As in many villages, the Village Hall has been host to all kinds of events, such as wedding receptions, children’s parties, line dancing, darts matches, a youth club and numerous events for the Foresty Commission.
More recent times see’s Pilates classes being run and has hosted talks on African Wildlife.
It provided tea and coffee and bacon butties for summer car boots and held annual beer festivals with the local rotary club. From 2023 a new committee is managing the hall and is holding a variety of events.
Considering the size of the village (80 houses) the hall is used by a much wider catchment area.
New Village Hall
The Old Village Hall was demolished some time ago to be replaced by the current structure.
Known as the Santon Downham Centre up until 2023 it has its own website and is once more available to hire for functions and other events. (See website for details)
Old Village Hall
Santon Downham had a wooden building which served as Village Hall for many years.
Demolished in 2004 it was replaced by a purpose built structure which shares the site with the Breckland Club.
Chairman, treasurer, booking clerk, general repairman and licencee of Santon Downham village hall was Andrew Kedar. Other key figures in the Village Hall’s management included Val Marsh, Brenda Largent and Marilyn Boulton.
Andrew described the running of the old Hall in an interview in October 1999 .
The Village Hall operates as a charity, and fund raising is needed to keep it going. Car boot sales have been an essential part of this in recent years. “Without these annual events – about six a year – the village hall would be insolvent,” said Andrew.
When the hall opened, the village was almost entirely populated by people who worked in the forest. “It was a time before television was strong, it was a time before cars were common, it was a time when people made their own entertainment,” said Andrew. There was a small drama group here, there was a Women’s Institute and there may have been other active bodies back in the 50s and 60s. Through time they’ve gradually faded away.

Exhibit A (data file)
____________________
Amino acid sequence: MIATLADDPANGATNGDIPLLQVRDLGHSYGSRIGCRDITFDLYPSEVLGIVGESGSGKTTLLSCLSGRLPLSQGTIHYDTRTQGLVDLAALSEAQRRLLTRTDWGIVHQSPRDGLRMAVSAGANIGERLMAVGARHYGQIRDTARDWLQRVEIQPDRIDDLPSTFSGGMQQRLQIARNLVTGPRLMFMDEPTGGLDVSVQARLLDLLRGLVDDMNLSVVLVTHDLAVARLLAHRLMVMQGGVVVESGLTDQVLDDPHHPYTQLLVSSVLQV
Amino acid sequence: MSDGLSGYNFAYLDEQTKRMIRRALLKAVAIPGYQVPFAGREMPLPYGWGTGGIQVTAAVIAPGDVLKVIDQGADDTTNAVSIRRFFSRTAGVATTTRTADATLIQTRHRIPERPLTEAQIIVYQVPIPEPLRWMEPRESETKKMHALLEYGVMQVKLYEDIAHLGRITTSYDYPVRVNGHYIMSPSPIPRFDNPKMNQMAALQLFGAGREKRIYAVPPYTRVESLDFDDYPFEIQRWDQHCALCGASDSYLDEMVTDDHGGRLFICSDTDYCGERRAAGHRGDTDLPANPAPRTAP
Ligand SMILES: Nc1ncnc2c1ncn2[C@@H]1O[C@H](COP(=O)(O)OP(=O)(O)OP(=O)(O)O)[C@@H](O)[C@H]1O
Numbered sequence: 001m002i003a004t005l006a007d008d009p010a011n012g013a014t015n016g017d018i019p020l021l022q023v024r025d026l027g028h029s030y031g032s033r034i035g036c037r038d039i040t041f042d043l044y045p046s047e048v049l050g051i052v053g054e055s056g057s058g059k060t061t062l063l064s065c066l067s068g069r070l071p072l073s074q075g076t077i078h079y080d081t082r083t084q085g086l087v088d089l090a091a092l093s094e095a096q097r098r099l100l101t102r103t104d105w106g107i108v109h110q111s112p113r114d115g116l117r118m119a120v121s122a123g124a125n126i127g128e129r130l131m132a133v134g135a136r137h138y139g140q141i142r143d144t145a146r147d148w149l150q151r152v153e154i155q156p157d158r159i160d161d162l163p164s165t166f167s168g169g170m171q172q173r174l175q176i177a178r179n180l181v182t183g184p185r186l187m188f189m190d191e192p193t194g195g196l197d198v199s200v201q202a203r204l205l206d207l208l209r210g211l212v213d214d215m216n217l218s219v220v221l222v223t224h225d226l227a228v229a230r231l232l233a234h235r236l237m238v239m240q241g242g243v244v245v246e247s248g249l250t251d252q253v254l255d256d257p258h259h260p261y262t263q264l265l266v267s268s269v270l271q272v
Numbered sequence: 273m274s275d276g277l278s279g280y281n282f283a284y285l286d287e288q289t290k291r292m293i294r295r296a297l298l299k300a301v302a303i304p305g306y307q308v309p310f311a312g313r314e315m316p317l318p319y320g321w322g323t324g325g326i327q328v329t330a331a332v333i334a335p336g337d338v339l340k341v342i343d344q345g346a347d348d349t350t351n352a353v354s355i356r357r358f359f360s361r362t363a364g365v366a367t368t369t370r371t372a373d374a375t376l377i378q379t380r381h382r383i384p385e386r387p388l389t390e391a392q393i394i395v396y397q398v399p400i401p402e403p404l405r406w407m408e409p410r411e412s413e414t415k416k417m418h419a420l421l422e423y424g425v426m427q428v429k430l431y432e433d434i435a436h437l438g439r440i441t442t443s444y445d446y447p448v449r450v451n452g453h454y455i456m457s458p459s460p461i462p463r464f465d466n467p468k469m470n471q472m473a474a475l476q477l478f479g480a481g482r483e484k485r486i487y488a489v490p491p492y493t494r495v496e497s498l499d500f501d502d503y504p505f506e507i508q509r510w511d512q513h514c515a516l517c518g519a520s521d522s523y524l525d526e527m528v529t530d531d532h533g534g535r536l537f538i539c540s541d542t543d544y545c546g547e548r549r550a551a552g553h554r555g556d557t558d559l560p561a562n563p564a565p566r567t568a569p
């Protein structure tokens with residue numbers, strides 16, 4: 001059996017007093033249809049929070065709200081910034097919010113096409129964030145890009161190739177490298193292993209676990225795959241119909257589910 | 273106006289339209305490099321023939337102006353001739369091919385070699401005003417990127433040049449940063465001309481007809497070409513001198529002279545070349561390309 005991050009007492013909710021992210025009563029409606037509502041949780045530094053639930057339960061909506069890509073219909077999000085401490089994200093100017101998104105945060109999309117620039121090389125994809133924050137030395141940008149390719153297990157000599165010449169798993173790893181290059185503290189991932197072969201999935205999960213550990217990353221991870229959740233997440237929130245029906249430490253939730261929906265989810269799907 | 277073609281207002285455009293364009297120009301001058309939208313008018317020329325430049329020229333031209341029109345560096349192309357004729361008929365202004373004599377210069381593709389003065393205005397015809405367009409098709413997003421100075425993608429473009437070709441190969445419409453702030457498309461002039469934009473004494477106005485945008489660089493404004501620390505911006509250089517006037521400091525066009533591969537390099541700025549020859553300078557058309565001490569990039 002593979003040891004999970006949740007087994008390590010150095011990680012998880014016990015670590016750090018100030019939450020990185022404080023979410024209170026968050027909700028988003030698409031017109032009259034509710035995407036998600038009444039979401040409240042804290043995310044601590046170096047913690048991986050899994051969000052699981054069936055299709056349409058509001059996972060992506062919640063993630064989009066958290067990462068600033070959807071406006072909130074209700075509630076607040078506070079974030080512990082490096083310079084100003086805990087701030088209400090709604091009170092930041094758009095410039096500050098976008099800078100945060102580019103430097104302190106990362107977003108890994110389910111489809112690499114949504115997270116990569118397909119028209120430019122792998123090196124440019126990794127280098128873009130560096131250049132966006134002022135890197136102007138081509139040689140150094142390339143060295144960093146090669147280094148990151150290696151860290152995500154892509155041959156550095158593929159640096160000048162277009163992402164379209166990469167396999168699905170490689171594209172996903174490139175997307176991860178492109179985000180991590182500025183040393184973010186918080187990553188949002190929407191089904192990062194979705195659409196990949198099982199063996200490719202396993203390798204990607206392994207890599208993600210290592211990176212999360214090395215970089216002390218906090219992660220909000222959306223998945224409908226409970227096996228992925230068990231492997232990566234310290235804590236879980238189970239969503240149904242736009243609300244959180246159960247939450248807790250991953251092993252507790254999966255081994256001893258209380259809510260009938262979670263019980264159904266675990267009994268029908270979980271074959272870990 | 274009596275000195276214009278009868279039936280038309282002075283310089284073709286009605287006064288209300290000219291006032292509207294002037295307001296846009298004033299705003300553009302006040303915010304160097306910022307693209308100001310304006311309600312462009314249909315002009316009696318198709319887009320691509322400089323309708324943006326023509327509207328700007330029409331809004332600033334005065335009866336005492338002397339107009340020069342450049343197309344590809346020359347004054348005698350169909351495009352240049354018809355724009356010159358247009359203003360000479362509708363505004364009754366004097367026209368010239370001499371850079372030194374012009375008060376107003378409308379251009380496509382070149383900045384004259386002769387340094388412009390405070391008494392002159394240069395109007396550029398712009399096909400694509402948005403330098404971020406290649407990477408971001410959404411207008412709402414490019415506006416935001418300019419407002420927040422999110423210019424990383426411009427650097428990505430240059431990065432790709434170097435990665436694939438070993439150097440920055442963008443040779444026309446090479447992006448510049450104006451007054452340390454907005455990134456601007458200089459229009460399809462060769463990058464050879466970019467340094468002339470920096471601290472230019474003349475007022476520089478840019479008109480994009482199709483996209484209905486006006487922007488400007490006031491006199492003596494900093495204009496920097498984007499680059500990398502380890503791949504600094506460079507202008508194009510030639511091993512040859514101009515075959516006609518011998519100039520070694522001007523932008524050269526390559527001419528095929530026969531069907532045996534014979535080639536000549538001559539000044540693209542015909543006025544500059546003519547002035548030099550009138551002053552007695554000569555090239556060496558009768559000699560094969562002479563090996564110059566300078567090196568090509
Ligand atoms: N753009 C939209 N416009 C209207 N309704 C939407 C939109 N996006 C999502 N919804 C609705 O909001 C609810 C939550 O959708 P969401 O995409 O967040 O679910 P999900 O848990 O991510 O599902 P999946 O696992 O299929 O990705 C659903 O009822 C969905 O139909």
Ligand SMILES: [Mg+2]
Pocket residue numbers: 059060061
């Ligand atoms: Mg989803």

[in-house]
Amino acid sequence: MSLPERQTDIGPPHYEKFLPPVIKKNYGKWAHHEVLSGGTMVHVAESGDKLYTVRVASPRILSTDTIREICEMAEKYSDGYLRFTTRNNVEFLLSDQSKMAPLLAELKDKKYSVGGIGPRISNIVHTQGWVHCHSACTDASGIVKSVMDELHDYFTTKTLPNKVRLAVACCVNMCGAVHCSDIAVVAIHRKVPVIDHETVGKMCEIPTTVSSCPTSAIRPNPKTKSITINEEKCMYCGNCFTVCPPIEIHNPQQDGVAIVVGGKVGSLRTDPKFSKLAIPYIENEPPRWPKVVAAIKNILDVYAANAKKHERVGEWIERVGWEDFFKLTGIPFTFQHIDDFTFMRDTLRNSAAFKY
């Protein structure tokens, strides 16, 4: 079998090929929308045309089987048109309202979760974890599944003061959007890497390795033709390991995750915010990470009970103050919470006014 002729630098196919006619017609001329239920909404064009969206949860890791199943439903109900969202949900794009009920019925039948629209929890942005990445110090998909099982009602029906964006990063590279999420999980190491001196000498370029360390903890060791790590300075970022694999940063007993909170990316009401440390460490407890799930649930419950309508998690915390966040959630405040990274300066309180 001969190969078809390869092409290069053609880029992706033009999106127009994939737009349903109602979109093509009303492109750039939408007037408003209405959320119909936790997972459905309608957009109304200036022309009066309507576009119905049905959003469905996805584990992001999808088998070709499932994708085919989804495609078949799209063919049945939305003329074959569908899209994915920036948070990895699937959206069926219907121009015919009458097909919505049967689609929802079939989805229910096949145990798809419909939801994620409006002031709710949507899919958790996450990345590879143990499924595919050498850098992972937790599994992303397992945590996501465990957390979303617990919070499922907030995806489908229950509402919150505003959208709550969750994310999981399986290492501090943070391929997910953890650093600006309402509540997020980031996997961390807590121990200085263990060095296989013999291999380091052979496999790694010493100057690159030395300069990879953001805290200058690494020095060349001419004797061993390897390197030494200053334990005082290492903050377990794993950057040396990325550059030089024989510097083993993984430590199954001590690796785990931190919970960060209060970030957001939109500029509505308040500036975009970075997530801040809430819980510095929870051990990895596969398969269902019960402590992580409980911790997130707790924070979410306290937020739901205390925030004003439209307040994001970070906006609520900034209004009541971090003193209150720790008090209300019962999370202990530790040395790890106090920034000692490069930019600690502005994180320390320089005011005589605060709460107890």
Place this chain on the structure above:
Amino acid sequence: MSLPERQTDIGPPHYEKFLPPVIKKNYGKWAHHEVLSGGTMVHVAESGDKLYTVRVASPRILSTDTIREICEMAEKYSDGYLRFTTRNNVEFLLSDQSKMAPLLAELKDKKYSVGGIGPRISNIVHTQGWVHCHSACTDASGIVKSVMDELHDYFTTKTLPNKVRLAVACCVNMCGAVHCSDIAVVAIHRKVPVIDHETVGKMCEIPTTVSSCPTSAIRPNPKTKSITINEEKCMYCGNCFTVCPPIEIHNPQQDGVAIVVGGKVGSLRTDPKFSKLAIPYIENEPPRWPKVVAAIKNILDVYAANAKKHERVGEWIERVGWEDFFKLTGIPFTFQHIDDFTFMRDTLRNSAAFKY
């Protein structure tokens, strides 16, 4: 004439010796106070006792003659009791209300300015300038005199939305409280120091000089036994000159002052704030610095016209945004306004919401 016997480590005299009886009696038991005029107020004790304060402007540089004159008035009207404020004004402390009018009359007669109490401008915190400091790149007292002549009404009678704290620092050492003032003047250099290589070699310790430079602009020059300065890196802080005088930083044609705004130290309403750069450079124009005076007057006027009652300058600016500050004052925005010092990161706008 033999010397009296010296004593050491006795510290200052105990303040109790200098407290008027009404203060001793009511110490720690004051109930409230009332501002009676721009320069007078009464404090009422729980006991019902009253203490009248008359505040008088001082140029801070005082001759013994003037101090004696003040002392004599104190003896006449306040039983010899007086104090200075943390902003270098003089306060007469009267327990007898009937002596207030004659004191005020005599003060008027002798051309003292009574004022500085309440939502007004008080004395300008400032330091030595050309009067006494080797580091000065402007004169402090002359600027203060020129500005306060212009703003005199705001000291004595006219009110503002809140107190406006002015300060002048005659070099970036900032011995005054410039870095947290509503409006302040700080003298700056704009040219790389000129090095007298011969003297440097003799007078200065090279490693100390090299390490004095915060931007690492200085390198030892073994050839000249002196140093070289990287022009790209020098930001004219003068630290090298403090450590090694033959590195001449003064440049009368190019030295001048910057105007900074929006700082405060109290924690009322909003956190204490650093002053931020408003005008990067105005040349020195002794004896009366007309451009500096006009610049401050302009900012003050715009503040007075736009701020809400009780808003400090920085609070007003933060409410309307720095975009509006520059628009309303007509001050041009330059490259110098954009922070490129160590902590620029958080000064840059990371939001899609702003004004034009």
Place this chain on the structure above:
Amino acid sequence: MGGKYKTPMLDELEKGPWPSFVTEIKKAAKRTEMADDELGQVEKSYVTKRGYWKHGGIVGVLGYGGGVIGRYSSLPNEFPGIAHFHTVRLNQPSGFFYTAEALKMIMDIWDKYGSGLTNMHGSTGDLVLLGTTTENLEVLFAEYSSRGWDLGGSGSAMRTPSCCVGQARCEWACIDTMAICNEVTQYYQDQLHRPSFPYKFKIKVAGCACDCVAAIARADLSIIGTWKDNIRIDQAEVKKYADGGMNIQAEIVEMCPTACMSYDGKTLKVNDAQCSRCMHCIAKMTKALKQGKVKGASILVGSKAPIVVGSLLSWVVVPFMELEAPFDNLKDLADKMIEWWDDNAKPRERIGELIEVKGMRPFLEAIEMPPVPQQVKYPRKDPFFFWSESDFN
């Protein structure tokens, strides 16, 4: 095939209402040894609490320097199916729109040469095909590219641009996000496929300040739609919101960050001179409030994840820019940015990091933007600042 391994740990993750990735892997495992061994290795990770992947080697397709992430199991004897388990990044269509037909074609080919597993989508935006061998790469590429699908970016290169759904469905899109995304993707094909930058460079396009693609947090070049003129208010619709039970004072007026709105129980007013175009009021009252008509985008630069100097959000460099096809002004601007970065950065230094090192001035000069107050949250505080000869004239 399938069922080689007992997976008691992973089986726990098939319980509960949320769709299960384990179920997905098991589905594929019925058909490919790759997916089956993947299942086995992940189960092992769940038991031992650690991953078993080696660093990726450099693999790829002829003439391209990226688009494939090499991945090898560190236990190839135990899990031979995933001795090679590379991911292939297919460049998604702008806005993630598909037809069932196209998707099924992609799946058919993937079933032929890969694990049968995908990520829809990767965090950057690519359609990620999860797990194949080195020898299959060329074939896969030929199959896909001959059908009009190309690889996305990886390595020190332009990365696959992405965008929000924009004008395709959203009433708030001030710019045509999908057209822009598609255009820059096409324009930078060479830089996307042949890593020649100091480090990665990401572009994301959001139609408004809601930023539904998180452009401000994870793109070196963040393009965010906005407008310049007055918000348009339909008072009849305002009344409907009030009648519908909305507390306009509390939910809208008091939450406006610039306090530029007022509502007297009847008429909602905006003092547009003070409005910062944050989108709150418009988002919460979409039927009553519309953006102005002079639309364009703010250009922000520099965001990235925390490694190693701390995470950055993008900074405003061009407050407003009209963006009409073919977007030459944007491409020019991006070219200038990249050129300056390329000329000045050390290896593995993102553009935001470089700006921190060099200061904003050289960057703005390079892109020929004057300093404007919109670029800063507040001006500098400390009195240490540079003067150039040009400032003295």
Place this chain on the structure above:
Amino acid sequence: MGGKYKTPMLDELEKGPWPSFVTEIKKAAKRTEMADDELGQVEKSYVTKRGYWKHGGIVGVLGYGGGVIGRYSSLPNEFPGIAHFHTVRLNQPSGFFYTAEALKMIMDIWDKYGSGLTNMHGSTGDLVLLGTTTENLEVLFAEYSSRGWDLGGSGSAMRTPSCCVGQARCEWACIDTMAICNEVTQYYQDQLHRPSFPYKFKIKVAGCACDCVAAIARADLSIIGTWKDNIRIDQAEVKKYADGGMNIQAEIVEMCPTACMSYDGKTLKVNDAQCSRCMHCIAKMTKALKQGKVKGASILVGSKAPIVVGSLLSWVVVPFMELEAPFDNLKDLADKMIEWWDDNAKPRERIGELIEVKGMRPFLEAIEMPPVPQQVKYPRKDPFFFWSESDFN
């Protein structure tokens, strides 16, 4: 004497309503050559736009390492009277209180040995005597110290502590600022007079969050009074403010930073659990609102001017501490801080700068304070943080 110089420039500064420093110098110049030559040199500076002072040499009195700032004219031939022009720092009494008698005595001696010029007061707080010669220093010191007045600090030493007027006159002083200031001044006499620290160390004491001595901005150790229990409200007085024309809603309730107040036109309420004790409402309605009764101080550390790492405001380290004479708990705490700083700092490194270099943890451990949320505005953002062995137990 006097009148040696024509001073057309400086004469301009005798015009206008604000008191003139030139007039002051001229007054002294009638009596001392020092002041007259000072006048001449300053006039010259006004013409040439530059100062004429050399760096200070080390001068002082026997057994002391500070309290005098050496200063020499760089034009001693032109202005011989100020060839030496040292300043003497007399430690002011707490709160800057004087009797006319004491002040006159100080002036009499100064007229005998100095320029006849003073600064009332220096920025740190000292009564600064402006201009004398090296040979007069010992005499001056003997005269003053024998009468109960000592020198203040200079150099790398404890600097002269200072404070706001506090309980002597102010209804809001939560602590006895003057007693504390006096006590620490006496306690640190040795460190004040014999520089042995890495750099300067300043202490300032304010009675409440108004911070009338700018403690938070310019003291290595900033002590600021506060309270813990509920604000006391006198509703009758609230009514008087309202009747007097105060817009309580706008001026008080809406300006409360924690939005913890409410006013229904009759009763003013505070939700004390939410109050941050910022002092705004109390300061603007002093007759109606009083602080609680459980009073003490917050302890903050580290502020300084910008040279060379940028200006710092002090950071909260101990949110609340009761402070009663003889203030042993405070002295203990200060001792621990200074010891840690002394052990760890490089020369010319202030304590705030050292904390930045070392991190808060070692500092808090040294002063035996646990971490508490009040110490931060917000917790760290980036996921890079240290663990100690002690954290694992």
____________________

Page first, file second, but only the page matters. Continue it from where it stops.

The hall is used roughly 12 times in a month – mostly private events in the evenings. There are wedding receptions occasionally, baptism parties, birthday parties, a weekly line dancing club and darts matches. A new youth club is being set up.
In time people in the village wanted to form a members-only club with a licenced bar and the Brecklands Club was set up. This was given about a third of the hall, which was walled off to become the Club.
The Club is now very strong and has grown in size, with a new modern building in place of the old part of the wooden hut.
“But the Village Hall end will also be rebuilt as well,” said Andrew. “We have permission to rebuild it – but we do not have the money. Something in the region of £60,000-65,000 needs to be raised, and there is a grant of £28,000 available from the District Council if the rest of the money is in place”.
“There is no chance of raising the rest of the money inside the village,” said Andrew. An appeal has been made to the Lottery Commission Charities Board. “If we can get that, then the District Council grant will follow and we should be able to rebuild.”
Through the Village Hall, Santon Downham also hosts an annual major event which raises money for a children’s hospice. This is an annual sponsored bike ride in May, which raised £33,000 in 1999. Scout groups also meet sometimes at the hall for special events, and girl guides from outside the village recently raised £3,000 by a sponsored walk, in and around the village area. “These are just some of the events, but we could do with more of them,” said Andrew.
Income from the lettings of the Hall is not enough to do any more than just survive, said Andrew, and so car boot sales are now held every month in summer. The Village Hall charges a fee for the pitch and sells teas and cakes donated by villagers.
In 1999, £1,120 was raised after expenses – the best total yet, helped by good weather. “We continue to struggle with the money. It is adequate, but there is not a lot of surplus,” says Andrew, ” and we will now hope that the Lottery Commission Charities Board will come up with some money for us.”